[Read more…] about One resident constantly complains about another resident who is in violation of a HOA rule. As a board we are aware of the violation but allow the situation because of the personal situation involved. We have communicated to the complaining resident we do not wish to discuss why we allow this violation. Do we have to provide an answer?
You own a 300-unit condominium and you want to inspect your building’s façade in the most efficient way. You’ve heard drones can be a great resource, but you don’t know what to look for when hiring a drone pilot. How can an association ensure they are hiring both a licensed and insured professional, as well as a company with the expertise to interpret data?
It’s one of everyone’s favorite places in the community – the clubhouse. It’s used by the association for residents to enjoy an afternoon mah-jongg game, cards, community-organized special events and more. These spaces are usually bright and airy, spacious, well-decorated and set up to host events large and small. For this reason, some associations decide to rent their clubhouses out for weddings and other private functions. However, associations need to be aware of the potential liability exposure opened up by doing this. We spoke with Robert Travis of Community Association Underwriters of America (CAU) in Newtown, Pennsylvania, who explained that liability issues are complex when a community clubhouse is rented out to a resident or third-party. He gave us some tips to prevent clubhouse rental engagements from ending on a sour note.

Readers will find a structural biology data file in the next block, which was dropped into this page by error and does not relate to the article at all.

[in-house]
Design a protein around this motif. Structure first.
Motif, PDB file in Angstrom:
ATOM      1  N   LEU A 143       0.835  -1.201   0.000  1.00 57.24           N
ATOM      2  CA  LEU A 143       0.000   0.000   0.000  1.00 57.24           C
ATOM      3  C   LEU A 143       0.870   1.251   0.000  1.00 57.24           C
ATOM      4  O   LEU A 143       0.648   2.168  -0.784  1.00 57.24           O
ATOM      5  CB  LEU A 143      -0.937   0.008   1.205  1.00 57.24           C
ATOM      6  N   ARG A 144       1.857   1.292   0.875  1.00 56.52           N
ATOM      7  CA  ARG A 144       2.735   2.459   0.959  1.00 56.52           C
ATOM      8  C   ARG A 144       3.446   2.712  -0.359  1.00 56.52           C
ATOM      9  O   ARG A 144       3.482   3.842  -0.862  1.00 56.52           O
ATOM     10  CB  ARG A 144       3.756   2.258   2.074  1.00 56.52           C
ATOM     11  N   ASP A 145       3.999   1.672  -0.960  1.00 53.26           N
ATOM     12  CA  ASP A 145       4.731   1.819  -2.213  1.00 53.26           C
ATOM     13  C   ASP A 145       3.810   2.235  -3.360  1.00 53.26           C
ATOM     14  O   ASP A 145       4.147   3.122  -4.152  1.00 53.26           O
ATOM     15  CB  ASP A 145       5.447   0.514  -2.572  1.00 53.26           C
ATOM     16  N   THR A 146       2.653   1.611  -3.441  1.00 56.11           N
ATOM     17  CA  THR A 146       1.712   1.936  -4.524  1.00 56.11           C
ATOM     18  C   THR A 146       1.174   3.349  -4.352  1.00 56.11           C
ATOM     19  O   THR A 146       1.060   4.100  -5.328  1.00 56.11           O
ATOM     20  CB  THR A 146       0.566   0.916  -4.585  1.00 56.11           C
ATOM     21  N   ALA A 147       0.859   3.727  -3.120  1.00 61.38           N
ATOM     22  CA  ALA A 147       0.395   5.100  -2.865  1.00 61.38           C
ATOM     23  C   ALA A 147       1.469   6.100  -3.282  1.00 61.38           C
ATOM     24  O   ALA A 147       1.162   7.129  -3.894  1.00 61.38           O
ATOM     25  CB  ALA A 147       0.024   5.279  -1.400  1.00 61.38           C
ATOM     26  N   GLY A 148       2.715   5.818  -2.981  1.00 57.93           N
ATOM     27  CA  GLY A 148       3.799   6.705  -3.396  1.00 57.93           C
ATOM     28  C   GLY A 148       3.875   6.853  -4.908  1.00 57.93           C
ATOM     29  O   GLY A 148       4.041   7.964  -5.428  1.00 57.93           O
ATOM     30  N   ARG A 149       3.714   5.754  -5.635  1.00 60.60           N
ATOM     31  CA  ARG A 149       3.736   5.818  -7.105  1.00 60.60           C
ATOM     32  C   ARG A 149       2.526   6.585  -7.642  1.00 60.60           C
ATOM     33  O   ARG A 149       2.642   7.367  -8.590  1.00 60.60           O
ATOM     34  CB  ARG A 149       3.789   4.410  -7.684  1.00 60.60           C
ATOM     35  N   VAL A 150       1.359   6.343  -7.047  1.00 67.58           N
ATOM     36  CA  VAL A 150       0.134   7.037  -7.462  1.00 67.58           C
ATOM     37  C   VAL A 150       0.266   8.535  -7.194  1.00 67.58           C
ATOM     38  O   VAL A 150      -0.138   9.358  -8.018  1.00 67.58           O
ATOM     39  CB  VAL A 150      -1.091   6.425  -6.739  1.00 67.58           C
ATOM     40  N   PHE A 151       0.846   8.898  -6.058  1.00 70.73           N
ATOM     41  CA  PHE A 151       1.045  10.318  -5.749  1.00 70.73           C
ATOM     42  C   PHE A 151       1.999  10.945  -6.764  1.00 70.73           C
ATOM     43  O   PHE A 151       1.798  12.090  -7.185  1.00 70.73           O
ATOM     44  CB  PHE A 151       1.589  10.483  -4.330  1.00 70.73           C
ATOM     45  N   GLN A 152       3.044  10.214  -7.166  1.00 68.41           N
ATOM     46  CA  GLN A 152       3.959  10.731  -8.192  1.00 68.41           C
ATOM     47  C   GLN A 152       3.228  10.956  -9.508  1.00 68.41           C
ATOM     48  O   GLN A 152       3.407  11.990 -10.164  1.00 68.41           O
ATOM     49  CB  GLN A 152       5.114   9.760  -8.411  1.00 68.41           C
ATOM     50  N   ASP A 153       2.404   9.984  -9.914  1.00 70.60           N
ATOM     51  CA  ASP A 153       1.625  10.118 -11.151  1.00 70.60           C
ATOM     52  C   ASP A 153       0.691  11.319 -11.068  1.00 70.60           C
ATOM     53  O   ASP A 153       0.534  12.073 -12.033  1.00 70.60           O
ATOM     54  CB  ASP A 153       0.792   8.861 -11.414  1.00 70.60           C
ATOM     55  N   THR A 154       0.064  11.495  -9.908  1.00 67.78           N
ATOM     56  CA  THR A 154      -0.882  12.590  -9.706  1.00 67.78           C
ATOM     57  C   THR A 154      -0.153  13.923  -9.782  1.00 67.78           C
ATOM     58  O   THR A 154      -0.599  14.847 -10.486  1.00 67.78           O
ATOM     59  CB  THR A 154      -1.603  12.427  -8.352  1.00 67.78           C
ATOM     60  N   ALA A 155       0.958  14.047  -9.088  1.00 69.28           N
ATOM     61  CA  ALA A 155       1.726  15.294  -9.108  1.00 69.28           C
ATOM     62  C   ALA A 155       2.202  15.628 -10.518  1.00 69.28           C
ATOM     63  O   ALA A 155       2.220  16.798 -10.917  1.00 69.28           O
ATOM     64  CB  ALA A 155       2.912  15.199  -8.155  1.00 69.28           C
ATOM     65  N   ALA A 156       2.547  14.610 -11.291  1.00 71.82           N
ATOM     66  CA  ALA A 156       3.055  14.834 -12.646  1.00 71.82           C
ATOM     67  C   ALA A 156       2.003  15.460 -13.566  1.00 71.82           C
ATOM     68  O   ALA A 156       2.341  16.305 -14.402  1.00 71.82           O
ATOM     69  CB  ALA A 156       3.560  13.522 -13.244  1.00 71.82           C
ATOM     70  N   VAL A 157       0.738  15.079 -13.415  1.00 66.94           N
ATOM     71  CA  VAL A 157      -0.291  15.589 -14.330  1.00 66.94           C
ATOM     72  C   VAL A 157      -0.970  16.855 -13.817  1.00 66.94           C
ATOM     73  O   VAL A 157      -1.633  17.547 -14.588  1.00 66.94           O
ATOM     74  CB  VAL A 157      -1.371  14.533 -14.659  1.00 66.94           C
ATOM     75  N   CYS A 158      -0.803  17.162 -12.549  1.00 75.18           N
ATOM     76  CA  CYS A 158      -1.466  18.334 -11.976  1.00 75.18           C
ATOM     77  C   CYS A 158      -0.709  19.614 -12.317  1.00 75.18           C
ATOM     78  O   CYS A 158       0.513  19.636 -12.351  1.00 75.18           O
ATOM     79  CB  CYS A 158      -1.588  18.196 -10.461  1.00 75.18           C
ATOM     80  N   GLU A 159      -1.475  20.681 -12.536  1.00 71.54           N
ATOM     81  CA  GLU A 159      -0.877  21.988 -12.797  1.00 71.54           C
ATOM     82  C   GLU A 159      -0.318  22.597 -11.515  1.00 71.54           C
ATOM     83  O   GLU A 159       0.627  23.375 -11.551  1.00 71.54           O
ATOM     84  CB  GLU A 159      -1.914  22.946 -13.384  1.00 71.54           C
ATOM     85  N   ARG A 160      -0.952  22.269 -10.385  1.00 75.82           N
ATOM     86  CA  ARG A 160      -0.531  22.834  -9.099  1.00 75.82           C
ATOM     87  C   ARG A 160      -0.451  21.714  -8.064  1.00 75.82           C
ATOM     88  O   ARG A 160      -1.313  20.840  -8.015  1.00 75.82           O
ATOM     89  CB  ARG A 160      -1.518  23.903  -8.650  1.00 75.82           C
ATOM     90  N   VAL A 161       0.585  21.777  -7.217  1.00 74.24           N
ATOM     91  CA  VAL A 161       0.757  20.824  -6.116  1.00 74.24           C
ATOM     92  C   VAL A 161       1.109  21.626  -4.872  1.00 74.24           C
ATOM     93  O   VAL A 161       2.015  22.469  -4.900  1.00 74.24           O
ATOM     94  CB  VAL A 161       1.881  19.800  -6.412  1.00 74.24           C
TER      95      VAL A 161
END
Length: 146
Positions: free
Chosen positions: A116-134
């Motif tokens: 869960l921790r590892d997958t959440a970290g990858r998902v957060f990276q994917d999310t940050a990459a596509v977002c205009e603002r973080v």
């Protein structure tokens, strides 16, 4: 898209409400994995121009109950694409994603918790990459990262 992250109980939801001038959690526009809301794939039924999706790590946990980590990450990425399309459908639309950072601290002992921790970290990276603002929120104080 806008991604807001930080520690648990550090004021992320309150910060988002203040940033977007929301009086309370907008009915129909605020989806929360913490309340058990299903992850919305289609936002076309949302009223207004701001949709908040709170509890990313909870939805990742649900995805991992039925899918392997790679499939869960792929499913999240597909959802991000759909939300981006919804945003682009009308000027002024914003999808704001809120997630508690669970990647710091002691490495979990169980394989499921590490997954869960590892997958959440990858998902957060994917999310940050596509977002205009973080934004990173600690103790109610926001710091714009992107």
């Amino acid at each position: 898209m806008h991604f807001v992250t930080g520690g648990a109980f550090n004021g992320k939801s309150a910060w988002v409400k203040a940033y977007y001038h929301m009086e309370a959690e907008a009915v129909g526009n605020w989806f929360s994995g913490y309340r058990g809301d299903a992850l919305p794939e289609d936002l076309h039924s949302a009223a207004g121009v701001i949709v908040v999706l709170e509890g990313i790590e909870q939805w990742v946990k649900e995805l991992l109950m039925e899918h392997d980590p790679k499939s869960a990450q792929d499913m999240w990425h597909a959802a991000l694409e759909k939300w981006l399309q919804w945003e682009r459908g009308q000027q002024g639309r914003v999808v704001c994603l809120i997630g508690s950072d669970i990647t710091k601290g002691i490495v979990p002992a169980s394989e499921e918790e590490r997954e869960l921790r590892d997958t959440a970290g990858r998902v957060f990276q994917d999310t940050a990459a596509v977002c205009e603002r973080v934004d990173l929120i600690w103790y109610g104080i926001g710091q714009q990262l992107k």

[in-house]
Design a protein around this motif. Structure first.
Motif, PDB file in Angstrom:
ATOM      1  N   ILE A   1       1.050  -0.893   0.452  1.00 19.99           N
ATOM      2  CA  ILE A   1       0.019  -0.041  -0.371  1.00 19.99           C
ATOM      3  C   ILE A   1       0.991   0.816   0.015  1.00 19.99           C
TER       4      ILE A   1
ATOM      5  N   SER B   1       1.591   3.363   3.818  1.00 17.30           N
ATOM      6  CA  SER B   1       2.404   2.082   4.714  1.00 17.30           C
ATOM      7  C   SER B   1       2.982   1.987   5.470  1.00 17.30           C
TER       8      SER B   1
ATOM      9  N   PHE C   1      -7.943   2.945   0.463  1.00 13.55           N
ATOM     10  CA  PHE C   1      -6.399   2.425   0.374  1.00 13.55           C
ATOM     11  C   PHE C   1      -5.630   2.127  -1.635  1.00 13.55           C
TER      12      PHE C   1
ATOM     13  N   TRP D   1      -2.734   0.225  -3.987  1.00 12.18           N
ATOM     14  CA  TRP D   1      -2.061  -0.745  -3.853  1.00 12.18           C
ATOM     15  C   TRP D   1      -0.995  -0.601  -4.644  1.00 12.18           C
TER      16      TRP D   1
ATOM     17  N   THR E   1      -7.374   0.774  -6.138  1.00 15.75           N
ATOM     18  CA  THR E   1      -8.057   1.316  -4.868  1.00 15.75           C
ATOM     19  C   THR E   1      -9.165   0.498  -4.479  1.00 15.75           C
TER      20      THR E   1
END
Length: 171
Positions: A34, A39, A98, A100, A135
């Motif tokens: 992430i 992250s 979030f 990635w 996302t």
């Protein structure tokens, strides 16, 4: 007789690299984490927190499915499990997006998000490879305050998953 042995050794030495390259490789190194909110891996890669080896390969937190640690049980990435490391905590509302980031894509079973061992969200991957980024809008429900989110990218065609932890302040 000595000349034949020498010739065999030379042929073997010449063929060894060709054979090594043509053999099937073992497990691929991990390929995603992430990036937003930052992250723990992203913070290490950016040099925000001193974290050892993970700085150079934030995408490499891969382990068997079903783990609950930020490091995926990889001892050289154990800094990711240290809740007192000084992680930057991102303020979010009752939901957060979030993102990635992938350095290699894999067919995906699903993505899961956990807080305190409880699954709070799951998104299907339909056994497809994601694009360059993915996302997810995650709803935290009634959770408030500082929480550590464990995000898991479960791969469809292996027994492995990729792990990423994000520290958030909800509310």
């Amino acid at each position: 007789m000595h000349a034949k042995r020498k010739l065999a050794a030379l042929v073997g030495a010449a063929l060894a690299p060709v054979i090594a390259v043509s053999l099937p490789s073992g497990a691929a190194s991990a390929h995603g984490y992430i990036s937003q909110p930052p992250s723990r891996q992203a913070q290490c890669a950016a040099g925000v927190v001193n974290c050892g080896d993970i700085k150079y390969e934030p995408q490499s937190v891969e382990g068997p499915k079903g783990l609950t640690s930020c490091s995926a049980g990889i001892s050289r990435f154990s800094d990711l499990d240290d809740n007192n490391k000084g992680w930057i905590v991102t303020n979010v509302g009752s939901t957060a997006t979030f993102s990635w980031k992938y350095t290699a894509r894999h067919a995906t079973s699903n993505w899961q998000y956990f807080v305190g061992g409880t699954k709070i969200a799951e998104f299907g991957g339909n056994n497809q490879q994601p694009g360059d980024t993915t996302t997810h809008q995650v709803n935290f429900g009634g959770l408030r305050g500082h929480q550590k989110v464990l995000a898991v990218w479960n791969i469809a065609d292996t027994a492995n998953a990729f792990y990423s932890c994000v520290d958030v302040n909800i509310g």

Does your community require a major repair, such as new facade, windows or roofs? Major repairs can be extremely costly. Luckily, loans are available for community associations that require funds for a particular project or repair. We spoke to Jared Tunnell, Senior Vice President at National Cooperative Bank to learn more about community association loans and what steps condominium and homeowner associations should take before acquiring a loan.
Associations, and people in general, have a tendency to take their trees for granted. They stand like fixtures in our communities, providing shade, beauty, wildlife havens and defending against soil erosion. But neglected trees can decay and cause a myriad of problems if not treated correctly and promptly. Trees can potentially become liabilities, insect incubators and just plain old eyesores if not properly taken care of.
A condominium receives a call from an owner who claims his roof is leaking. The association sends maintenance to the unit and the leak is fixed within 15 minutes. The owner argues that the association should pay for interior damage allegedly having resulted from this leak. Who is liable for the damage?
Boards of community associations are tasked with the onerous responsibility of running their communities, and ensuring all facets of doing so are given their necessary attention. But how can boards make sure they’re attending to everything they’re supposed to, and doing it properly? Boards are legally bound to exercise due diligence in their roles leading their associations, but what exactly is due diligence, and how can board members make sure they’re complying?